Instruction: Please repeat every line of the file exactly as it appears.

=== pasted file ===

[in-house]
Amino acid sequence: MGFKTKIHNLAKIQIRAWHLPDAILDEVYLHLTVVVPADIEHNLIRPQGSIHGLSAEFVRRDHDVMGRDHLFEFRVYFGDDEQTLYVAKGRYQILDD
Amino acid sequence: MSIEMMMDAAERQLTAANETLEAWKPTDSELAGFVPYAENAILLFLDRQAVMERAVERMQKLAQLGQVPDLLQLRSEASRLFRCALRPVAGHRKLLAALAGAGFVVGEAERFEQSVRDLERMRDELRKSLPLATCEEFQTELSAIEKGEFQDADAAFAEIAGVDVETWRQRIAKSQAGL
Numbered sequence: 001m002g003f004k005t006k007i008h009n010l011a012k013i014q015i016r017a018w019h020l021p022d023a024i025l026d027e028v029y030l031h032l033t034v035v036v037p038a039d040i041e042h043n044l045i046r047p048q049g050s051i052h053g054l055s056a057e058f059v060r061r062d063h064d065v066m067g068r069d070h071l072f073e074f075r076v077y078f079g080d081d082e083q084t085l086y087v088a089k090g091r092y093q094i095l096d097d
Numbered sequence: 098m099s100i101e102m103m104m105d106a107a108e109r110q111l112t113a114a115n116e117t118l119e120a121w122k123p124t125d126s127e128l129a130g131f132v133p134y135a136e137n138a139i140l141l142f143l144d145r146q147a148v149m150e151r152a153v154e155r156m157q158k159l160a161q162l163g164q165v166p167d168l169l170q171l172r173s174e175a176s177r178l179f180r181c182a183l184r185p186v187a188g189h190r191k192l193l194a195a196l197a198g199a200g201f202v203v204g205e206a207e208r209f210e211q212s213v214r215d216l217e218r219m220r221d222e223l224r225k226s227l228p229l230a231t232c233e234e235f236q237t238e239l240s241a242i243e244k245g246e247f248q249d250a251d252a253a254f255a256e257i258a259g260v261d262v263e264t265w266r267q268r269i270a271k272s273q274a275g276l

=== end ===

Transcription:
[in-house]
Amino acid sequence: MGFKTKIHNLAKIQIRAWHLPDAILDEVYLHLTVVVPADIEHNLIRPQGSIHGLSAEFVRRDHDVMGRDHLFEFRVYFGDDEQTLYVAKGRYQILDD
Amino acid sequence: MSIEMMMDAAERQLTAANETLEAWKPTDSELAGFVPYAENAILLFLDRQAVMERAVERMQKLAQLGQVPDLLQLRSEASRLFRCALRPVAGHRKLLAALAGAGFVVGEAERFEQSVRDLERMRDELRKSLPLATCEEFQTELSAIEKGEFQDADAAFAEIAGVDVETWRQRIAKSQAGL
Numbered sequence: 001m002g003f004k005t006k007i008h009n010l011a012k013i014q015i016r017a018w019h020l021p022d023a024i025l026d027e028v029y030l031h032l033t034v035v036v037p038a039d040i041e042h043n044l045i046r047p048q049g050s051i052h053g054l055s056a057e058f059v060r061r062d063h064d065v066m067g068r069d070h071l072f073e074f075r076v077y078f079g080d081d082e083q084t085l086y087v088a089k090g091r092y093q094i095l096d097d
Numbered sequence: 098m099s100i101e102m103m104m105d106a107a108e109r110q111l112t113a114a115n116e117t118l119e120a121w122k123p124t125d126s127e128l129a130g131f132v133p134y135a136e137n138a139i140l141l142f143l144d145r146q147a148v149m150e151r152a153v154e155r156m157q158k159l160a161q162l163g164q165v166p167d168l169l170q171l172r173s174e175a176s177r178l179f180r181c182a183l184r185p186v187a188g189h190r191k192l193l194a195a196l197a198g199a200g201f202v203v204g205e206a207e208r209f210e211q212s213v214r215d216l217e218r219m220r221d222e223l224r225k226s227l228p229l230a231t232c233e234e235f236q237t238e239l240s241a242i243e244k245g246e247f248q249d250a251d252a253a254f255a256e257i258a259g260v261d262v263e264t265w266r267q268r269i270a271k272s273q274a275g276l